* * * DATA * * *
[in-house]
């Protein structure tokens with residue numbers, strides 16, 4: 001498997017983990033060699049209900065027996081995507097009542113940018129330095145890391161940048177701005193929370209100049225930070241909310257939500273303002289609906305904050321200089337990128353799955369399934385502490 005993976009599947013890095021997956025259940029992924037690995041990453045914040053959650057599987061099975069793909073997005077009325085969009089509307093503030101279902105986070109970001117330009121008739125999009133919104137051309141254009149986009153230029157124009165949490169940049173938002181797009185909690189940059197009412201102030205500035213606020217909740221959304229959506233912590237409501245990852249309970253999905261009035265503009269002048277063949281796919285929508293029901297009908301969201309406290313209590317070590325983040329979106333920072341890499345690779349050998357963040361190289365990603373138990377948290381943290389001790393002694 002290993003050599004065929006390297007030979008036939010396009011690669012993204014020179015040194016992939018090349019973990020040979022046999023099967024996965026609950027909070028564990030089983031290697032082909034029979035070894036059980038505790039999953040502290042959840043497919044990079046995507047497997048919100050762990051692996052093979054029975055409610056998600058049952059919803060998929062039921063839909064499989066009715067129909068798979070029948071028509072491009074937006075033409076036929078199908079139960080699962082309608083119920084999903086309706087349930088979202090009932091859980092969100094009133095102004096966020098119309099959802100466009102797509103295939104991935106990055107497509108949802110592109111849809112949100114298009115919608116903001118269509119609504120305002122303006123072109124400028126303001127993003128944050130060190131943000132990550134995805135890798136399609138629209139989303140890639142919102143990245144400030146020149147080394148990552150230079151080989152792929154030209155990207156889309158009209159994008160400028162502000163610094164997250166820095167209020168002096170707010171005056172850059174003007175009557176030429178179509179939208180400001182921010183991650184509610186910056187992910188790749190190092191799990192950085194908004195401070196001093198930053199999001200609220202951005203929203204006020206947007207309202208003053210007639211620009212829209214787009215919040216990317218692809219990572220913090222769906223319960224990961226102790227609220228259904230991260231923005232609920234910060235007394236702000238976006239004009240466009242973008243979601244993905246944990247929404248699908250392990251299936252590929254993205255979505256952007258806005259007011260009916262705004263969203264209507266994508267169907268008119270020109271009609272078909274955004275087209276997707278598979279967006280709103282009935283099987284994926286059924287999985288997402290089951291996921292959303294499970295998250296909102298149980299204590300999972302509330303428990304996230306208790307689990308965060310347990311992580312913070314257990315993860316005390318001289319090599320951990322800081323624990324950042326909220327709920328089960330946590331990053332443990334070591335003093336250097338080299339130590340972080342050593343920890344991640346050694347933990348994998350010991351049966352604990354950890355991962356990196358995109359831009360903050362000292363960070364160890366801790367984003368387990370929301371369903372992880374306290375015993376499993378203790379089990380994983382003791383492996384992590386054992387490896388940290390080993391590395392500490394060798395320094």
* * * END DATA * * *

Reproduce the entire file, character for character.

[in-house]
């Protein structure tokens with residue numbers, strides 16, 4: 001498997017983990033060699049209900065027996081995507097009542113940018129330095145890391161940048177701005193929370209100049225930070241909310257939500273303002289609906305904050321200089337990128353799955369399934385502490 005993976009599947013890095021997956025259940029992924037690995041990453045914040053959650057599987061099975069793909073997005077009325085969009089509307093503030101279902105986070109970001117330009121008739125999009133919104137051309141254009149986009153230029157124009165949490169940049173938002181797009185909690189940059197009412201102030205500035213606020217909740221959304229959506233912590237409501245990852249309970253999905261009035265503009269002048277063949281796919285929508293029901297009908301969201309406290313209590317070590325983040329979106333920072341890499345690779349050998357963040361190289365990603373138990377948290381943290389001790393002694 002290993003050599004065929006390297007030979008036939010396009011690669012993204014020179015040194016992939018090349019973990020040979022046999023099967024996965026609950027909070028564990030089983031290697032082909034029979035070894036059980038505790039999953040502290042959840043497919044990079046995507047497997048919100050762990051692996052093979054029975055409610056998600058049952059919803060998929062039921063839909064499989066009715067129909068798979070029948071028509072491009074937006075033409076036929078199908079139960080699962082309608083119920084999903086309706087349930088979202090009932091859980092969100094009133095102004096966020098119309099959802100466009102797509103295939104991935106990055107497509108949802110592109111849809112949100114298009115919608116903001118269509119609504120305002122303006123072109124400028126303001127993003128944050130060190131943000132990550134995805135890798136399609138629209139989303140890639142919102143990245144400030146020149147080394148990552150230079151080989152792929154030209155990207156889309158009209159994008160400028162502000163610094164997250166820095167209020168002096170707010171005056172850059174003007175009557176030429178179509179939208180400001182921010183991650184509610186910056187992910188790749190190092191799990192950085194908004195401070196001093198930053199999001200609220202951005203929203204006020206947007207309202208003053210007639211620009212829209214787009215919040216990317218692809219990572220913090222769906223319960224990961226102790227609220228259904230991260231923005232609920234910060235007394236702000238976006239004009240466009242973008243979601244993905246944990247929404248699908250392990251299936252590929254993205255979505256952007258806005259007011260009916262705004263969203264209507266994508267169907268008119270020109271009609272078909274955004275087209276997707278598979279967006280709103282009935283099987284994926286059924287999985288997402290089951291996921292959303294499970295998250296909102298149980299204590300999972302509330303428990304996230306208790307689990308965060310347990311992580312913070314257990315993860316005390318001289319090599320951990322800081323624990324950042326909220327709920328089960330946590331990053332443990334070591335003093336250097338080299339130590340972080342050593343920890344991640346050694347933990348994998350010991351049966352604990354950890355991962356990196358995109359831009360903050362000292363960070364160890366801790367984003368387990370929301371369903372992880374306290375015993376499993378203790379089990380994983382003791383492996384992590386054992387490896388940290390080993391590395392500490394060798395320094």